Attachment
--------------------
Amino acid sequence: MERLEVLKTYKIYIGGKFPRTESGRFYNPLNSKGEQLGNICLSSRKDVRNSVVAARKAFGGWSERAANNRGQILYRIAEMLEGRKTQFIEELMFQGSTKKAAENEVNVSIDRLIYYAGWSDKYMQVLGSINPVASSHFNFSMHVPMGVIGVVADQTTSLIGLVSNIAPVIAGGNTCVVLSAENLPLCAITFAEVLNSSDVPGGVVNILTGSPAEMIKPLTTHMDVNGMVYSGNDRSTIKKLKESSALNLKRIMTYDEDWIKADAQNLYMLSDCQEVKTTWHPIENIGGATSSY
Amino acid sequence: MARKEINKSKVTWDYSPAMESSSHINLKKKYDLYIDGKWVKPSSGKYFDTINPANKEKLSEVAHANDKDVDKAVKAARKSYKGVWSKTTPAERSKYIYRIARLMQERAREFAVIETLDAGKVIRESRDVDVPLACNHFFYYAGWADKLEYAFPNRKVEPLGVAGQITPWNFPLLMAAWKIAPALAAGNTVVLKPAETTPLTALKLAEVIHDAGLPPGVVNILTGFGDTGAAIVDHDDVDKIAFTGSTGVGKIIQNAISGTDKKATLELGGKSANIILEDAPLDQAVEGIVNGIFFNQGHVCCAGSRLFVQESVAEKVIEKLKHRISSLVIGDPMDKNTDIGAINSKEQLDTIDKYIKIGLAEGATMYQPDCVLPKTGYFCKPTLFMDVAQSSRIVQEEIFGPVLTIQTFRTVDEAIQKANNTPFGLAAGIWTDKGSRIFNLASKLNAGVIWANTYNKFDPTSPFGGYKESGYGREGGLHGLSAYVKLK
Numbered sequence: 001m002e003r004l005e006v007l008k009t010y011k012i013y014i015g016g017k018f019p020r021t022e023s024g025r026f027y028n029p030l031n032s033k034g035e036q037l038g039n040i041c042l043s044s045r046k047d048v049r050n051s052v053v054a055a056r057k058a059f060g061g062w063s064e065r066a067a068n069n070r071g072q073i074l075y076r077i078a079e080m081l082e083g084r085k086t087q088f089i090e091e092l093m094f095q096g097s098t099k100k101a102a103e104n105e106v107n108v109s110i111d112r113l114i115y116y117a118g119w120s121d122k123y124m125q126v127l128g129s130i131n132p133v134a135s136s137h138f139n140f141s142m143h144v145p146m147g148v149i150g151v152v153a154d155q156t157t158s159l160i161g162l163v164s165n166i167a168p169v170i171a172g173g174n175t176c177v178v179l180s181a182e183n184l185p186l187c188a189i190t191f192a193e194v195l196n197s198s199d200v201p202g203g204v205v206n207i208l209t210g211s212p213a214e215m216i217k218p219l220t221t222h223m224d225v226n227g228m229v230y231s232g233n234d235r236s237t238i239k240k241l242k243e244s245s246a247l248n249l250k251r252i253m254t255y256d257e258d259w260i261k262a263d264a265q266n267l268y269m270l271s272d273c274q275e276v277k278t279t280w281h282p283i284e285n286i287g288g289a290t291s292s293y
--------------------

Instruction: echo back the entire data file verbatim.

Amino acid sequence: MERLEVLKTYKIYIGGKFPRTESGRFYNPLNSKGEQLGNICLSSRKDVRNSVVAARKAFGGWSERAANNRGQILYRIAEMLEGRKTQFIEELMFQGSTKKAAENEVNVSIDRLIYYAGWSDKYMQVLGSINPVASSHFNFSMHVPMGVIGVVADQTTSLIGLVSNIAPVIAGGNTCVVLSAENLPLCAITFAEVLNSSDVPGGVVNILTGSPAEMIKPLTTHMDVNGMVYSGNDRSTIKKLKESSALNLKRIMTYDEDWIKADAQNLYMLSDCQEVKTTWHPIENIGGATSSY
Amino acid sequence: MARKEINKSKVTWDYSPAMESSSHINLKKKYDLYIDGKWVKPSSGKYFDTINPANKEKLSEVAHANDKDVDKAVKAARKSYKGVWSKTTPAERSKYIYRIARLMQERAREFAVIETLDAGKVIRESRDVDVPLACNHFFYYAGWADKLEYAFPNRKVEPLGVAGQITPWNFPLLMAAWKIAPALAAGNTVVLKPAETTPLTALKLAEVIHDAGLPPGVVNILTGFGDTGAAIVDHDDVDKIAFTGSTGVGKIIQNAISGTDKKATLELGGKSANIILEDAPLDQAVEGIVNGIFFNQGHVCCAGSRLFVQESVAEKVIEKLKHRISSLVIGDPMDKNTDIGAINSKEQLDTIDKYIKIGLAEGATMYQPDCVLPKTGYFCKPTLFMDVAQSSRIVQEEIFGPVLTIQTFRTVDEAIQKANNTPFGLAAGIWTDKGSRIFNLASKLNAGVIWANTYNKFDPTSPFGGYKESGYGREGGLHGLSAYVKLK
Numbered sequence: 001m002e003r004l005e006v007l008k009t010y011k012i013y014i015g016g017k018f019p020r021t022e023s024g025r026f027y028n029p030l031n032s033k034g035e036q037l038g039n040i041c042l043s044s045r046k047d048v049r050n051s052v053v054a055a056r057k058a059f060g061g062w063s064e065r066a067a068n069n070r071g072q073i074l075y076r077i078a079e080m081l082e083g084r085k086t087q088f089i090e091e092l093m094f095q096g097s098t099k100k101a102a103e104n105e106v107n108v109s110i111d112r113l114i115y116y117a118g119w120s121d122k123y124m125q126v127l128g129s130i131n132p133v134a135s136s137h138f139n140f141s142m143h144v145p146m147g148v149i150g151v152v153a154d155q156t157t158s159l160i161g162l163v164s165n166i167a168p169v170i171a172g173g174n175t176c177v178v179l180s181a182e183n184l185p186l187c188a189i190t191f192a193e194v195l196n197s198s199d200v201p202g203g204v205v206n207i208l209t210g211s212p213a214e215m216i217k218p219l220t221t222h223m224d225v226n227g228m229v230y231s232g233n234d235r236s237t238i239k240k241l242k243e244s245s246a247l248n249l250k251r252i253m254t255y256d257e258d259w260i261k262a263d264a265q266n267l268y269m270l271s272d273c274q275e276v277k278t279t280w281h282p283i284e285n286i287g288g289a290t291s292s293y